Prince William announced recommendations today for combating cyberbullying after convening a task force of leading tech companies to look at the issue. The online code of conduct, called "Stop, Speak, Support," is the first in the world of its kind. Its aim is to create a safer space online for children and give them online resources if they feel threatened or lost.
Terry Crews publicly named for the first time the high-powered talent agent he claims groped him at an industry party and said he would "not be shamed" about the alleged assault. "Back in February 2016, I was assaulted by Adam Venit, who is head of the motion picture department at William Morris Endeavor, one of the biggest agencies in the world, period," Crews, 49, said today on "Good Morning America." "He's connected to probably everyone I know in the business ... I did not know this man.
Joely Fisher remembers what could happen anytime she walked into the home of her late half-sister, “Star Wars” actress Carrie Fisher. “She’s on her elliptical, hops off and has a cigarette and goes into her closet and decides I shouldn’t be wearing what I’m wearing and something in her closet is going to make it better,” Fisher, 50, told ABC News.
Muck Rack makes it simple to find people, tweets, or articles that mention any name, keyword, company, hashtag etc. We've compiled this guide to help you make the most of your search.
Selecting a term
Start searching tweets, articles from media outlets, articles mentioned in tweets, journalists'
names, titles and bios with some suggested searches:
Companies or Topics (e.g. iPhone, Microsoft)
Phrases (e.g. "cloud computing") — use quotes to keep the terms together
Twitter handles (e.g. @username) — returns those who have mentioned or replied to
Names (e.g. "David Pogue")
Hashtags (e.g. #sxsw, #london2012)
Bio details (e.g. vegan, Olympics, father)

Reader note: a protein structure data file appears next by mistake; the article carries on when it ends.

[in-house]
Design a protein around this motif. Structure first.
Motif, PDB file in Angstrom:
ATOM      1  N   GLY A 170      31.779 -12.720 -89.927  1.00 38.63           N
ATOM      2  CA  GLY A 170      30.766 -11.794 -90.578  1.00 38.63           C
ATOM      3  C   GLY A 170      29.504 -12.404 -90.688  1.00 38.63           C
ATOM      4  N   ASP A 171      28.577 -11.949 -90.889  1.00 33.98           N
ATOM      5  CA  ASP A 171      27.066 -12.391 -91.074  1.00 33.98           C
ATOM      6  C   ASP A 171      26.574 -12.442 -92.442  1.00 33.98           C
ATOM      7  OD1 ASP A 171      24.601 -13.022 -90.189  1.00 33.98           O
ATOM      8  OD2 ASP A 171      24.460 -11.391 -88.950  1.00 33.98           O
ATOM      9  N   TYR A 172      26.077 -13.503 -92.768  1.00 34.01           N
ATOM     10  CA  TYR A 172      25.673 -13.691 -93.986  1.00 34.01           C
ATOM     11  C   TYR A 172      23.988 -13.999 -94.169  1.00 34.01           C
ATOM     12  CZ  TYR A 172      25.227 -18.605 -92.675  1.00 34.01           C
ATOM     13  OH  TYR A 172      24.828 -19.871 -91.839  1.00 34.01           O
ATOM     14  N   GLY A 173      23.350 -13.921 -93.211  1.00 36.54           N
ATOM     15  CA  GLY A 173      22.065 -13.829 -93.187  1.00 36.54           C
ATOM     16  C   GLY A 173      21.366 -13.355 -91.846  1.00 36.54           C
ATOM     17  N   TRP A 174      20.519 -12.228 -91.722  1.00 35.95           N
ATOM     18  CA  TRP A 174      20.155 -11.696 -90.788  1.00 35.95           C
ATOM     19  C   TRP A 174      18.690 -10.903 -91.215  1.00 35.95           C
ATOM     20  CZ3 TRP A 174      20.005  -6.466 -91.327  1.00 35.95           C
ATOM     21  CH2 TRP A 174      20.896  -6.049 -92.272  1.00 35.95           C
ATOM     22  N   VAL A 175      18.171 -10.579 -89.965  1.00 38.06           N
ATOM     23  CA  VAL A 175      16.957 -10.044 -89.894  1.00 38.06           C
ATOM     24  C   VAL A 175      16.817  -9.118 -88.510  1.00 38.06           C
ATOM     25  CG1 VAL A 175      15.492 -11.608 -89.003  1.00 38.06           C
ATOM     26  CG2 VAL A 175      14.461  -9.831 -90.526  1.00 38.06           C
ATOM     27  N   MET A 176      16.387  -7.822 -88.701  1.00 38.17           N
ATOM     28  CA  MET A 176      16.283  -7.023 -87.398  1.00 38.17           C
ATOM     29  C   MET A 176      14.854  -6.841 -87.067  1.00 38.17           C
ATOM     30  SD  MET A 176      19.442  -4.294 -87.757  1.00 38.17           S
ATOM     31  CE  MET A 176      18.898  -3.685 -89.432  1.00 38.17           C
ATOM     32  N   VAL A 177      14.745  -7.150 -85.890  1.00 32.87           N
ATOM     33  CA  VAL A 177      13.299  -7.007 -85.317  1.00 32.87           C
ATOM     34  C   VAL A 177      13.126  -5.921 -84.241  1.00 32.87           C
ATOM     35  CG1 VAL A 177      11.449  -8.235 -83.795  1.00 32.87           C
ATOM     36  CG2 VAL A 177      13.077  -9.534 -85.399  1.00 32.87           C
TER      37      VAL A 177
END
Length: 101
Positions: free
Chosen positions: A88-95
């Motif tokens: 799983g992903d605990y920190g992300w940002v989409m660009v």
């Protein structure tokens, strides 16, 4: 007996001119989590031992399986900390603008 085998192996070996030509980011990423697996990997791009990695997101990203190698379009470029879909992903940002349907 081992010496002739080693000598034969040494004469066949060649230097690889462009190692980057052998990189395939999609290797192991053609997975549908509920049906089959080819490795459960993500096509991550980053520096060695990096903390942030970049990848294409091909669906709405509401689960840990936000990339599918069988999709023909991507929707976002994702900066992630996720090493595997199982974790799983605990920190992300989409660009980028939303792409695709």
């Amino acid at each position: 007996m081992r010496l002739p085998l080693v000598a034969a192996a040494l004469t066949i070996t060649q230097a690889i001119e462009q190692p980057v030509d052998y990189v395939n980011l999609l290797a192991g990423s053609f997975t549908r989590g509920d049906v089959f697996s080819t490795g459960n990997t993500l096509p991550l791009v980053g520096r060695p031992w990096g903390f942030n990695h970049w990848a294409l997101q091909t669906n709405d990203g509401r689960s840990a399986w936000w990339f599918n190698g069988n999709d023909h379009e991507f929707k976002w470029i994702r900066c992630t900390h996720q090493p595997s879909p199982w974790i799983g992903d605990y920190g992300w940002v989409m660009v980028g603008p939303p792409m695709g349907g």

Muck Rack's Advanced Search allows for many boolean operators.
Find results that mention multiple specified terms, use AND or
+. For example, ensure each result contains both Elon Musk and Mark Zuckerberg by
searching Musk AND Zuckerberg or Musk + Zuckerberg.
Use the operators OR or , to broaden your search when you'd like either of
multiple terms to appear in results. (This is the default behavior of our search when no operators
are used). For example, results will contain either cake or cookie by searching cake OR cookie or cake,cookie
Use NOT or - to subtract results from your search. For
example, searching Disney will yield results about the Walt Disney Company as well as Walt Disney
World Resort. To exclude mentions of Disney World, search for Disney -World or Disney
When using one of these operators with a phrase, enclose it in quotation marks. For example, you can
find results about smartphones excluding Apple's iPhone 4S by searching smartphone -"iPhone
Exact case matching or punctuation
If you're searching for a brand name or keyword that relies on specific punctuation marks or capitalization, you can
find results that match your exact query by adding matchcase: before the keyword you're searching for, like matchcase:E*TRADE .
Use parentheses to separate multiple
boolean phrases. For example, to find journalists talking about having fun in Disney World or
Disneyland, search for ("disney world" OR disneyland) AND fun.
An asterisk can be used to search for any variation of a root word truncated by the asterisk. For example, searching for admin* will return results for administrator, administration, administer, administered, etc.
A near operator is an AND operator where you can control the distance between the words. You can vary the distance the near operation uses by adding a forward slash and number (between 0-99) such as strawberries NEAR/10 "whipped cream", which means the strawberries must exist within 10 words of "whipped cream".